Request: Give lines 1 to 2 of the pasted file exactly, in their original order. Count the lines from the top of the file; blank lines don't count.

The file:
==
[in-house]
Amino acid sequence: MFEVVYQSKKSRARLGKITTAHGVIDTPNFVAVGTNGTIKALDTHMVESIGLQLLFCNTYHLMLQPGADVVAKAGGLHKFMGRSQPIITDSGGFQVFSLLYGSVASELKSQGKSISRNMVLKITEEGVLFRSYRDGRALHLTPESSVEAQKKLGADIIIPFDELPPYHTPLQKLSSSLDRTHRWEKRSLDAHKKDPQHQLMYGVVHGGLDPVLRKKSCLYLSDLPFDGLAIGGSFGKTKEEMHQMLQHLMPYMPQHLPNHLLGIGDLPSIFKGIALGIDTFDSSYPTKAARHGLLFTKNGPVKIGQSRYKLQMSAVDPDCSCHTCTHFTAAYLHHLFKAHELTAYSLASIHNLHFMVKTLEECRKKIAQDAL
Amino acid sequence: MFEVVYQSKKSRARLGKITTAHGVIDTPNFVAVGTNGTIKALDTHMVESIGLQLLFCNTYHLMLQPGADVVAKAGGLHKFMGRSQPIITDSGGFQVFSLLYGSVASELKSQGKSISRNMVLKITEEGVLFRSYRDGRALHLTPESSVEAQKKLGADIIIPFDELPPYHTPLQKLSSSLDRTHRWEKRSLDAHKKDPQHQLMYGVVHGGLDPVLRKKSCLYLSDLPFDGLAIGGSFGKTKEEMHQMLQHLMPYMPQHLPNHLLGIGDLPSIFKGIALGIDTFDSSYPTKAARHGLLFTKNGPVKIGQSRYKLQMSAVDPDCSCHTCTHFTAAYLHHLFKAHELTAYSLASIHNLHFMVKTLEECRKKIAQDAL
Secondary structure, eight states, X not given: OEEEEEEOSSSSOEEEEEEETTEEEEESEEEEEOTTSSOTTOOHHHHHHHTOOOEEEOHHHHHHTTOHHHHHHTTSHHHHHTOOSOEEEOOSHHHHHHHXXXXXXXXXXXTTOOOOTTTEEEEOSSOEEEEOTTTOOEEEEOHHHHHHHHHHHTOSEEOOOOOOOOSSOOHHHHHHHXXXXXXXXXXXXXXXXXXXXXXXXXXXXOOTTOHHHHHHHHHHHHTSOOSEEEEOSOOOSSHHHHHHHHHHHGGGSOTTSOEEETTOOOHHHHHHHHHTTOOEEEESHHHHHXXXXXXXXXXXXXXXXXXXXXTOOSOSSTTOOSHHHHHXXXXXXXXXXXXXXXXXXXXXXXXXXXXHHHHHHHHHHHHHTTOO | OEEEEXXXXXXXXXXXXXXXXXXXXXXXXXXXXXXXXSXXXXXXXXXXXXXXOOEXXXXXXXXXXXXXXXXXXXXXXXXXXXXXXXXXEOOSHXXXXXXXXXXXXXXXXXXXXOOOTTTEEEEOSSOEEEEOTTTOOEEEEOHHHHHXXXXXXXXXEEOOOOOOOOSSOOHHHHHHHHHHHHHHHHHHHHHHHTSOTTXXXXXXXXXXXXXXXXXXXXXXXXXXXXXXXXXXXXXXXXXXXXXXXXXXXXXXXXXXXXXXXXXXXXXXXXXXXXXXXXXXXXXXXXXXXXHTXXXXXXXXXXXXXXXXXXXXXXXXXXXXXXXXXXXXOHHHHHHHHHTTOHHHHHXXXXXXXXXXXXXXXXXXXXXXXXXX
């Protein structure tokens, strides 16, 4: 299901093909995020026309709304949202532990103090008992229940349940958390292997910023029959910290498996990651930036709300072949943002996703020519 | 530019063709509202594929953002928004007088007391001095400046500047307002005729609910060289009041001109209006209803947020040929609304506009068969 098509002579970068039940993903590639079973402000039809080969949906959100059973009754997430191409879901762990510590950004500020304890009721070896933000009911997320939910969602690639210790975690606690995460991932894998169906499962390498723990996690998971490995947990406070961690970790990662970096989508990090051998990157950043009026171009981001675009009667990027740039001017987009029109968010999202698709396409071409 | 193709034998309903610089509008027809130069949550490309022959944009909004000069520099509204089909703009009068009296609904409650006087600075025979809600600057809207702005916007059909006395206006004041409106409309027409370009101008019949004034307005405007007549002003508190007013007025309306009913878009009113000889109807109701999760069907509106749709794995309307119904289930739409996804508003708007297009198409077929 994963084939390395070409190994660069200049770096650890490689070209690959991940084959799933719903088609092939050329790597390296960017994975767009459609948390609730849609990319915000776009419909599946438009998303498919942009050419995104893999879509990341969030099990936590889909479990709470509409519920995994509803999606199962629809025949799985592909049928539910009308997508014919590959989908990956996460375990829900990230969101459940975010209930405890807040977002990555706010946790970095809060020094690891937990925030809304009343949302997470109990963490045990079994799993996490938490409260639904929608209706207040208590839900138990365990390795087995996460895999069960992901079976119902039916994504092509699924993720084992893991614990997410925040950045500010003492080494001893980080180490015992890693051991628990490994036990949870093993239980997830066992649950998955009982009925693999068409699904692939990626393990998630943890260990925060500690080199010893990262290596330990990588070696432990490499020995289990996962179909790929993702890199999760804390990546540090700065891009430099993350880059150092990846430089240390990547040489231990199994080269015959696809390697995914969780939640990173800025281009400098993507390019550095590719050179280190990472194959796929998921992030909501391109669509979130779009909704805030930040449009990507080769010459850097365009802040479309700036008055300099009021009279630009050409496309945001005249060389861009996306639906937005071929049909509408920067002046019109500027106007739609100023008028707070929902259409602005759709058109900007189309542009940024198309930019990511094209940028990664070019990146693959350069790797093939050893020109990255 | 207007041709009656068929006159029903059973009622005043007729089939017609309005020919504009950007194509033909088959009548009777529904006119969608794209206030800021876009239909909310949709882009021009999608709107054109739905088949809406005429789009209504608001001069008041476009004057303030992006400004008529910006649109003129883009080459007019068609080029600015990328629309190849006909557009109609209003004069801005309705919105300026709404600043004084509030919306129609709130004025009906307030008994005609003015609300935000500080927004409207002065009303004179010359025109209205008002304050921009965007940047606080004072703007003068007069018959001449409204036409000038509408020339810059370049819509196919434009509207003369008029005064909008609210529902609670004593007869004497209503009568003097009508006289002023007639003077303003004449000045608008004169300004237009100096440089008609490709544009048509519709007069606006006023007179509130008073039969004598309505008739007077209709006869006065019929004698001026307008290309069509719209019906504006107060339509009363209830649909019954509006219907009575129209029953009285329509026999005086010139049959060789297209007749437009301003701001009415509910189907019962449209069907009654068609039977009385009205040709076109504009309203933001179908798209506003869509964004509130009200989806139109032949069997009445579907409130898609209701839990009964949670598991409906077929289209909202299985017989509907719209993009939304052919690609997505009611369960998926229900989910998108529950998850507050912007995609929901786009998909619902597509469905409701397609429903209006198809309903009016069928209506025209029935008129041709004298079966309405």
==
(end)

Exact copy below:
[in-house]
Amino acid sequence: MFEVVYQSKKSRARLGKITTAHGVIDTPNFVAVGTNGTIKALDTHMVESIGLQLLFCNTYHLMLQPGADVVAKAGGLHKFMGRSQPIITDSGGFQVFSLLYGSVASELKSQGKSISRNMVLKITEEGVLFRSYRDGRALHLTPESSVEAQKKLGADIIIPFDELPPYHTPLQKLSSSLDRTHRWEKRSLDAHKKDPQHQLMYGVVHGGLDPVLRKKSCLYLSDLPFDGLAIGGSFGKTKEEMHQMLQHLMPYMPQHLPNHLLGIGDLPSIFKGIALGIDTFDSSYPTKAARHGLLFTKNGPVKIGQSRYKLQMSAVDPDCSCHTCTHFTAAYLHHLFKAHELTAYSLASIHNLHFMVKTLEECRKKIAQDAL